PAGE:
A professor at California State University, Northridge is appealing a finding by school officials that he retaliated against students who complained of anti-gay and anti-women discrimination after they voluntarily attended an event concerning family issues at the Ronald Reagan Presidential Library for class credit.
The Cal State Northridge professor is Robert O. Lopez.
The taxpayer-funded university’s office of equity and diversity conducted a secret, 245-day investigation against Lopez, a tenured associate professor of English and classics.
When Lopez was finally presented with the secret charges against him, school officials permitted him to defend himself in an interview with Susan Hua, Cal State Northridge’s Title IX Coordinator.
On three occasions during the two-and-a-half hour interview, Hua compared voluntary attendance at a conference at the Ronald Reagan Presidential Library to appearing at a Ku Klux Klan camp, Lopez told The Daily Caller.
Throughout the duration of the interview, Lopez also said, Hua did not permit him to see the actual complaint lodged against him or an official list of the charges he faced.
The Reagan Library conference occurred on Oct. 3, 2014. It was entitled “Bonds that Matter” and featured speakers discussing family issues and the rights of children.
Lopez gave an assignment to the students who opted to attend the six-hour conference. The assignment involved creating family-related exhibits drawing on in-class readings about family obligations.
“You should not be commenting on present-day debates about children’s rights, rather giving an objective view of children and family,” Lopez explained in his syllabi.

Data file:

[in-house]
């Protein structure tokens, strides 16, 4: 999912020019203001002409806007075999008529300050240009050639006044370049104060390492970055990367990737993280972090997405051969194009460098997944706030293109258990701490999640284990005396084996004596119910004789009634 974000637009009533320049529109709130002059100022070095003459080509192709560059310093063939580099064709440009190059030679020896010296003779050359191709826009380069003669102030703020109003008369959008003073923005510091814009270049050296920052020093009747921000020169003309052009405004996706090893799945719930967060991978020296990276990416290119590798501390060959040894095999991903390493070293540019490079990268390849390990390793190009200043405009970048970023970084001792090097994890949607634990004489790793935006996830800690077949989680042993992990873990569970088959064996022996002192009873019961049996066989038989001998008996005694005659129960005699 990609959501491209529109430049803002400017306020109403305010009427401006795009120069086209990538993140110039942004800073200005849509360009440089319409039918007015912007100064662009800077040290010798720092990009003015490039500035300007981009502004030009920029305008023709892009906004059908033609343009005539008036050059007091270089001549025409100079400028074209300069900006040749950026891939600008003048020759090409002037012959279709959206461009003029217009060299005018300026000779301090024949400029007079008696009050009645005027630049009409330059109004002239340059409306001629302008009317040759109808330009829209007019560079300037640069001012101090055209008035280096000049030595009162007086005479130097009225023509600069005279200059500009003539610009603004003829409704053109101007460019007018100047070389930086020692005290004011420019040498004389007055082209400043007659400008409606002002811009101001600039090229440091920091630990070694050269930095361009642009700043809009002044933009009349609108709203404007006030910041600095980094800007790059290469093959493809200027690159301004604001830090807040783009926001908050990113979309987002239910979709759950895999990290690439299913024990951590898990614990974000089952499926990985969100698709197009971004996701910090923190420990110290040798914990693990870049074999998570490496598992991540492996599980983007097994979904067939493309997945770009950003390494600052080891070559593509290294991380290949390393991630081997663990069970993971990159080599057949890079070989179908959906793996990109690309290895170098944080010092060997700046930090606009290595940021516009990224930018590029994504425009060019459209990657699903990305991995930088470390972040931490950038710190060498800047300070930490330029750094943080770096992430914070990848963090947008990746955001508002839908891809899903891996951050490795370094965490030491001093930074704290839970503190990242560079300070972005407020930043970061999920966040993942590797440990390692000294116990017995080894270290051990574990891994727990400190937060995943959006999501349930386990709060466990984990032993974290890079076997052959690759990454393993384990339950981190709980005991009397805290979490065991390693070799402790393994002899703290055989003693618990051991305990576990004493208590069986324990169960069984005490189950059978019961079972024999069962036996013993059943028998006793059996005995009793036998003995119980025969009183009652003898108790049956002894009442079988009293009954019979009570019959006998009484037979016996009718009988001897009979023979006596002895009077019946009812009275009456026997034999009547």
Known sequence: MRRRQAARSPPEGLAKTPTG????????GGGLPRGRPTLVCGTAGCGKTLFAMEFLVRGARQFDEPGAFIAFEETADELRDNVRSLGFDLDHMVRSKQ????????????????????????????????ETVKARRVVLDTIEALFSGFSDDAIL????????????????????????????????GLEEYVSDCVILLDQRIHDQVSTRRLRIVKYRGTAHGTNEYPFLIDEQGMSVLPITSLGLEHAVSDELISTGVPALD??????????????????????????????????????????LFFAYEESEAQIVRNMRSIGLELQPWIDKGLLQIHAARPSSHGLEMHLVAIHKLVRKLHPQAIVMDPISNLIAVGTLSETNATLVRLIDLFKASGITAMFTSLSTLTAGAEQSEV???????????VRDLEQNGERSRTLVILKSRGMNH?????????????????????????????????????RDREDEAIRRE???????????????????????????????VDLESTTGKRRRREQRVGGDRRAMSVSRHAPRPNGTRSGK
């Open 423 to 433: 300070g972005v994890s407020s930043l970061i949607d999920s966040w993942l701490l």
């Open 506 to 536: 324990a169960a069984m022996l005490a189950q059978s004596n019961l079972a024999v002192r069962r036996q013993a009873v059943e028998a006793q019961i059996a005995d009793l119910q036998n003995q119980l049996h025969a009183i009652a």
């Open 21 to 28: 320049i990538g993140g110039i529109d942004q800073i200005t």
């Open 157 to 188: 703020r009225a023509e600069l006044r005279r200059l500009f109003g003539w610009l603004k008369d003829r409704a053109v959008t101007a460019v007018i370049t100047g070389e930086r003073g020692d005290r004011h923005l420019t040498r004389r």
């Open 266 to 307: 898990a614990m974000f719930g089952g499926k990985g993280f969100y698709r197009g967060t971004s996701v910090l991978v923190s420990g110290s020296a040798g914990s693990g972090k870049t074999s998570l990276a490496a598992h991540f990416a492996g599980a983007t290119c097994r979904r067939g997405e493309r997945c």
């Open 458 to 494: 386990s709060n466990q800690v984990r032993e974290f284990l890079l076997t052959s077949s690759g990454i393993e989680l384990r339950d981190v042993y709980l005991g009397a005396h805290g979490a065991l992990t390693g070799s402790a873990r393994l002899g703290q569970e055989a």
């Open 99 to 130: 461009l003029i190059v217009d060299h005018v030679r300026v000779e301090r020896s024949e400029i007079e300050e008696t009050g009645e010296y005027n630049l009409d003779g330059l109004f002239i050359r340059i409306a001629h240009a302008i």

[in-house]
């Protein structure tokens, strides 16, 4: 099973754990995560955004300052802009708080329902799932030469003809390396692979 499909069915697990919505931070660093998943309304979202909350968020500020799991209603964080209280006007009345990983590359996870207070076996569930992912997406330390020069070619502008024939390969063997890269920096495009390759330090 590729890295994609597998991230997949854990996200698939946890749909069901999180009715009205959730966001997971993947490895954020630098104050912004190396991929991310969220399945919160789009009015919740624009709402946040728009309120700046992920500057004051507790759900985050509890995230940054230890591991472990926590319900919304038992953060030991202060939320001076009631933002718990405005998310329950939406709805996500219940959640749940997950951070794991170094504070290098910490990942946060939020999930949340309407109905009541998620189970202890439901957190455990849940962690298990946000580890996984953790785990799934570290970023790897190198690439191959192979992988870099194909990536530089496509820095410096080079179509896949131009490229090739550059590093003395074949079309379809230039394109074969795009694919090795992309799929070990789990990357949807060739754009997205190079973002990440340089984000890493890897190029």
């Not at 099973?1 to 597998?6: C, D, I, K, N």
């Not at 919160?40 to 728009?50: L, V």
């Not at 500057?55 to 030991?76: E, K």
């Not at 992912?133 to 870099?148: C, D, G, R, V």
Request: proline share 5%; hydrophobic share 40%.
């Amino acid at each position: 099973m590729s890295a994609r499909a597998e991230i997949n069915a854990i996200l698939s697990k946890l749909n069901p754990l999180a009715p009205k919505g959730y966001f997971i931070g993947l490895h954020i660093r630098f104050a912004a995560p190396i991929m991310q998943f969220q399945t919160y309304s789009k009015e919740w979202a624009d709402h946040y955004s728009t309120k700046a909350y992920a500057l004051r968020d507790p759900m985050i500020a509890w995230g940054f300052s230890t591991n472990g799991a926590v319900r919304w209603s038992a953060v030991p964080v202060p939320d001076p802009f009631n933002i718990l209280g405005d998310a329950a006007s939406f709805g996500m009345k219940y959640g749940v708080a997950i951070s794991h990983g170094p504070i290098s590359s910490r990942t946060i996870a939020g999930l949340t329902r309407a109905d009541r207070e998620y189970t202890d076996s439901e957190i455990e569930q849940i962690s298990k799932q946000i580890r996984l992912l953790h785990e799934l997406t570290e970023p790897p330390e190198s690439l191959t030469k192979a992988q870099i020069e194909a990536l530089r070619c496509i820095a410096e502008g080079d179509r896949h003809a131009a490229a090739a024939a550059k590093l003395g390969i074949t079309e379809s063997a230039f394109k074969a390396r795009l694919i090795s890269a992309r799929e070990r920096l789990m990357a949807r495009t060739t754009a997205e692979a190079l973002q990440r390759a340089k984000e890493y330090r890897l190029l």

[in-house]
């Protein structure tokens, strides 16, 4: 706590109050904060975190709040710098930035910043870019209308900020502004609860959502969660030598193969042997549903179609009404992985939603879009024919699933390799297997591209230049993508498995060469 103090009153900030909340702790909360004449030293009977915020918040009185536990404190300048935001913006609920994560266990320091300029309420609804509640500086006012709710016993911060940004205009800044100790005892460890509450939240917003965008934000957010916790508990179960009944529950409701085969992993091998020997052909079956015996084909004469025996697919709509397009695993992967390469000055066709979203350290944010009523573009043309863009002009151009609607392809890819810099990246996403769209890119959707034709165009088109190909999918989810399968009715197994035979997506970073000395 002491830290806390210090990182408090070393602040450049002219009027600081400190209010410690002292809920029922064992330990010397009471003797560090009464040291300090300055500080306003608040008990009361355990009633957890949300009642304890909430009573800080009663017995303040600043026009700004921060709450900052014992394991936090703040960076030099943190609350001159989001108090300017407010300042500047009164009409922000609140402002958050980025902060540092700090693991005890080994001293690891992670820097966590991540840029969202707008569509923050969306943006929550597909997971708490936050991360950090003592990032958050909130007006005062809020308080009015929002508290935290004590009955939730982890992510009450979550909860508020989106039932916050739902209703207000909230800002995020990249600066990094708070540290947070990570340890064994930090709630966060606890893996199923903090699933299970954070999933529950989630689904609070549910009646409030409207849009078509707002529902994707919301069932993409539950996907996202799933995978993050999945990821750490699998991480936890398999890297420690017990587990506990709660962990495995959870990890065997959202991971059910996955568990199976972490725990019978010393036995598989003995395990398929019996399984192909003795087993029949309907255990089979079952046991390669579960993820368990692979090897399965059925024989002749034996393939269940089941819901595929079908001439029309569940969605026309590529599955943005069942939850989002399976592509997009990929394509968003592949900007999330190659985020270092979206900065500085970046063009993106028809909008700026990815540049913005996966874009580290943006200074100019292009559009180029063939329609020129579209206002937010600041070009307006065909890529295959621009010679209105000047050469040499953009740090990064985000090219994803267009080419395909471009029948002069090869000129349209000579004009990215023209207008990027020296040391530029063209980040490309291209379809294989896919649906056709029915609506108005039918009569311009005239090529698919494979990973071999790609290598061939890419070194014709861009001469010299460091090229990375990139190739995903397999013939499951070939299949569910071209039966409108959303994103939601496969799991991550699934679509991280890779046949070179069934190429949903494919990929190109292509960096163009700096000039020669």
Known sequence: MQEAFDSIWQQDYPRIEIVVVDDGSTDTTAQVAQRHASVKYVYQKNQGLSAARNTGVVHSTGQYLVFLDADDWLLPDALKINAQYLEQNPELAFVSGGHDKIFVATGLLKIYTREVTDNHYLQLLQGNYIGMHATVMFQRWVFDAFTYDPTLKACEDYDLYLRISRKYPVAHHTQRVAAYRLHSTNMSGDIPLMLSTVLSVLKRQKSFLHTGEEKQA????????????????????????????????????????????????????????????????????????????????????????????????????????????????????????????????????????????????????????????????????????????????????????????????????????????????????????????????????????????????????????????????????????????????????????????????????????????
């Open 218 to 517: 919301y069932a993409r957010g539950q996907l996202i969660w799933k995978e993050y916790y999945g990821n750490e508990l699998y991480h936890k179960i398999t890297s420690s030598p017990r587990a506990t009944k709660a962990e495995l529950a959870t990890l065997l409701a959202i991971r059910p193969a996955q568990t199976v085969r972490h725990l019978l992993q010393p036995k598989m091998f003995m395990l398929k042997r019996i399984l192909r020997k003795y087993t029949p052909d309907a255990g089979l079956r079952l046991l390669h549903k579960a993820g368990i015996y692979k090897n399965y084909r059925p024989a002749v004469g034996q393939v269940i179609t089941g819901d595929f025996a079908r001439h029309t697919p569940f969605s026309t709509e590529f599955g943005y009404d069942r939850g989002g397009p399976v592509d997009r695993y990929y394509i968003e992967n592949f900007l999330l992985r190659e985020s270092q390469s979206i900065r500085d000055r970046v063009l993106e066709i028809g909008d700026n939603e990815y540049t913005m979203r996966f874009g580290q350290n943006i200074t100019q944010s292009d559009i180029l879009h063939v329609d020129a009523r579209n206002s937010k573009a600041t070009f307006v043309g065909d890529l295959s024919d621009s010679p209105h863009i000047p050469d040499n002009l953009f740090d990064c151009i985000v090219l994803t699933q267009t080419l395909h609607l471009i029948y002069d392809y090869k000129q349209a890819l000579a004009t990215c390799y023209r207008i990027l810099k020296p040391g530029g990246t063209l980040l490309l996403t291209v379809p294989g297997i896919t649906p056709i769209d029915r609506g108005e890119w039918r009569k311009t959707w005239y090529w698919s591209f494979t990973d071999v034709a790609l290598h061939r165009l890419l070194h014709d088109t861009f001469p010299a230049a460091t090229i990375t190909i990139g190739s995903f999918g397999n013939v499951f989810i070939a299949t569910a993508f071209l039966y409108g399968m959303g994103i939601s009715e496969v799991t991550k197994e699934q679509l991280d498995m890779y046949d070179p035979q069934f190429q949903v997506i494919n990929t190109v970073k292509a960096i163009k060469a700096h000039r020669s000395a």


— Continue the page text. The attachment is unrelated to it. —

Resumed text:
About 75 percent of Lopez’s approximately 160 students for the fall semester (across four different 300- and 400-level courses) chose to create exhibits and to attend the conference at the Reagan Library, about 40 minutes by car from the Cal State Northridge campus.
Lopez also attended the conference but was not among the five speakers. Students who chose to complete an optional writing assignment instead did not attend.
According to complaining students, conference speakers — all women — made anti-gay and anti-female statements during a question-and-answer session. These alleged statements include “women who use sperm banks are evil” and “gay people cannot be parents.”
Lopez categorically says the students are lying. He has presented a transcript of the Q & A session to prove his claim.
“Gay adoption came up a few times because students prodded the presenters on the topic, straying from the focus of the talks,” the professor has explained.
The students who prodded conference presenters about gay adoption are among the students who then complained about the issue of gay adoption being raised at the conference.
One of the complaining students, a gay English major, claimed to be so distraught after attending the conference on family issues that he could no longer continue attending Lopez’s class on Greek and Roman mythology and thus failed it.
Lopez disputes this student’s claim, primarily because the student had never enrolled in the mythology course but was instead enrolled in a course concerning American novels. Prior to the conference, the gay student missed 50 percent of the scheduled class sessions for the course in which he was enrolled, Lopez explains, and ultimately missed 85 percent of the classes. The student also turned in no assignments, Lopez says.
“It appears that the allegations against me can be summarized thus: Because I did not warn women and gays not to attend the conference I organized, I caused them to come unprepared for dangerous ideas,” Lopez wrote in his defense this summer. “In other words, the students allege the conference was sufficiently discriminatory against gays that they would have needed trigger warnings before going.”
Cal State Northridge officials cleared Lopez on all the original charges in October. They admitted that an offer of credit for optional attendance at a Reagan Library conference is not intrinsically discriminatory.
However, school officials then found the professor guilty of charges of retaliation — charges which Lopez says school officials only brought later.